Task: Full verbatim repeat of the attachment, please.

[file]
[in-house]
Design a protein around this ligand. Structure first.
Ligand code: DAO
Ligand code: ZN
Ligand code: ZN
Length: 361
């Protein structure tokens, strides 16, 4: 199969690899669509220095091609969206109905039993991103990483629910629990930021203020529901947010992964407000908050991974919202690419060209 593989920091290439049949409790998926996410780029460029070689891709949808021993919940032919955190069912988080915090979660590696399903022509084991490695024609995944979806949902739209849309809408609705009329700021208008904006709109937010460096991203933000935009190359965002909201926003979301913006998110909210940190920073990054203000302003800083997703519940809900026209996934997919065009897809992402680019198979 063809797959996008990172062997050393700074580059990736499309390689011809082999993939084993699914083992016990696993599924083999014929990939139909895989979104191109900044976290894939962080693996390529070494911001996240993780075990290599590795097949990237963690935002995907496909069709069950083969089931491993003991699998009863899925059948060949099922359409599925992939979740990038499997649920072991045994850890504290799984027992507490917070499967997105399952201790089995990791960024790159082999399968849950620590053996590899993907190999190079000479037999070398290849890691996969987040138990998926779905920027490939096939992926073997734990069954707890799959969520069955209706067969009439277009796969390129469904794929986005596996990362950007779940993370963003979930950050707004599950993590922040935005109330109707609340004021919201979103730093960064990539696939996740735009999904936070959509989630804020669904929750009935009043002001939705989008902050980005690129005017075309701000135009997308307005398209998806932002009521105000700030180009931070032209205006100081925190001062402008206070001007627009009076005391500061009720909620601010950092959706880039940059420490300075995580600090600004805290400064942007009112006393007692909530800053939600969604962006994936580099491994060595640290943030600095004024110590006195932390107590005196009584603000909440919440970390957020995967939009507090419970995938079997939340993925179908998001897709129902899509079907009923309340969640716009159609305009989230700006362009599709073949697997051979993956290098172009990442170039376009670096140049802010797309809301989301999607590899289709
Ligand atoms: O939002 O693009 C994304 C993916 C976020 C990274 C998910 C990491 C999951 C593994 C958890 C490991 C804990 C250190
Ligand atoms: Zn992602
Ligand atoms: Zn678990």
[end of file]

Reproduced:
[in-house]
Design a protein around this ligand. Structure first.
Ligand code: DAO
Ligand code: ZN
Ligand code: ZN
Length: 361
């Protein structure tokens, strides 16, 4: 199969690899669509220095091609969206109905039993991103990483629910629990930021203020529901947010992964407000908050991974919202690419060209 593989920091290439049949409790998926996410780029460029070689891709949808021993919940032919955190069912988080915090979660590696399903022509084991490695024609995944979806949902739209849309809408609705009329700021208008904006709109937010460096991203933000935009190359965002909201926003979301913006998110909210940190920073990054203000302003800083997703519940809900026209996934997919065009897809992402680019198979 063809797959996008990172062997050393700074580059990736499309390689011809082999993939084993699914083992016990696993599924083999014929990939139909895989979104191109900044976290894939962080693996390529070494911001996240993780075990290599590795097949990237963690935002995907496909069709069950083969089931491993003991699998009863899925059948060949099922359409599925992939979740990038499997649920072991045994850890504290799984027992507490917070499967997105399952201790089995990791960024790159082999399968849950620590053996590899993907190999190079000479037999070398290849890691996969987040138990998926779905920027490939096939992926073997734990069954707890799959969520069955209706067969009439277009796969390129469904794929986005596996990362950007779940993370963003979930950050707004599950993590922040935005109330109707609340004021919201979103730093960064990539696939996740735009999904936070959509989630804020669904929750009935009043002001939705989008902050980005690129005017075309701000135009997308307005398209998806932002009521105000700030180009931070032209205006100081925190001062402008206070001007627009009076005391500061009720909620601010950092959706880039940059420490300075995580600090600004805290400064942007009112006393007692909530800053939600969604962006994936580099491994060595640290943030600095004024110590006195932390107590005196009584603000909440919440970390957020995967939009507090419970995938079997939340993925179908998001897709129902899509079907009923309340969640716009159609305009989230700006362009599709073949697997051979993956290098172009990442170039376009670096140049802010797309809301989301999607590899289709
Ligand atoms: O939002 O693009 C994304 C993916 C976020 C990274 C998910 C990491 C999951 C593994 C958890 C490991 C804990 C250190
Ligand atoms: Zn992602
Ligand atoms: Zn678990």